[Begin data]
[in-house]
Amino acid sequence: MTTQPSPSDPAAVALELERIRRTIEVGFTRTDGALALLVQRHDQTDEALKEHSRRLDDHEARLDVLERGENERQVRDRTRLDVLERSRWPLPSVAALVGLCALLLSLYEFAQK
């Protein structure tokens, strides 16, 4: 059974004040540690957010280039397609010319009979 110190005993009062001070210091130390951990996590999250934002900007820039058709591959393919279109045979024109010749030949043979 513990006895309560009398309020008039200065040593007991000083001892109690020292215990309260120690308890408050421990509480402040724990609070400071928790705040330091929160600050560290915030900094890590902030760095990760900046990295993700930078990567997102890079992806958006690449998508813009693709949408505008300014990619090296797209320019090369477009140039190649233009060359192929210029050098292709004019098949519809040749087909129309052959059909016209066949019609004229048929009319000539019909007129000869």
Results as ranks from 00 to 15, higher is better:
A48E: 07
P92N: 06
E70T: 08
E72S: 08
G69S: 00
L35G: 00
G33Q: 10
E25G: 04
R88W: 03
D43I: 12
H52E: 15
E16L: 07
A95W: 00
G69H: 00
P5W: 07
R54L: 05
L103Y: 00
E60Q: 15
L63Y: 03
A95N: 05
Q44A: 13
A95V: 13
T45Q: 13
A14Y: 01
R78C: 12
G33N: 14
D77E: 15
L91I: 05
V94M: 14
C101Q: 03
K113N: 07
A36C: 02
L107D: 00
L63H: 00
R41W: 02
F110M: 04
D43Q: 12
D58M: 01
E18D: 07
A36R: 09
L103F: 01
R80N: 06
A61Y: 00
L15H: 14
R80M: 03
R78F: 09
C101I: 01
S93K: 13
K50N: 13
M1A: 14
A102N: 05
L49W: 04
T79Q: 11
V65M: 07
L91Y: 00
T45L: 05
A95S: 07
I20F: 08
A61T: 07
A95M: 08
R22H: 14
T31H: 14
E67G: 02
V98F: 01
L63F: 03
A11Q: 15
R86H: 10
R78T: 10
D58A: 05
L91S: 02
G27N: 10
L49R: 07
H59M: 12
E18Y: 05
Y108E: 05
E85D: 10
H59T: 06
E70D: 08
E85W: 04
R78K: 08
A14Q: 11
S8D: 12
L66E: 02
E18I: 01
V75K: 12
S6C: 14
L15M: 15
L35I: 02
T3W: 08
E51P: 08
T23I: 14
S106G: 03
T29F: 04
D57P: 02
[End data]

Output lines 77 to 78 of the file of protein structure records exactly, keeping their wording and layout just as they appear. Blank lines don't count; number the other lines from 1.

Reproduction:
H59M: 12
E18Y: 05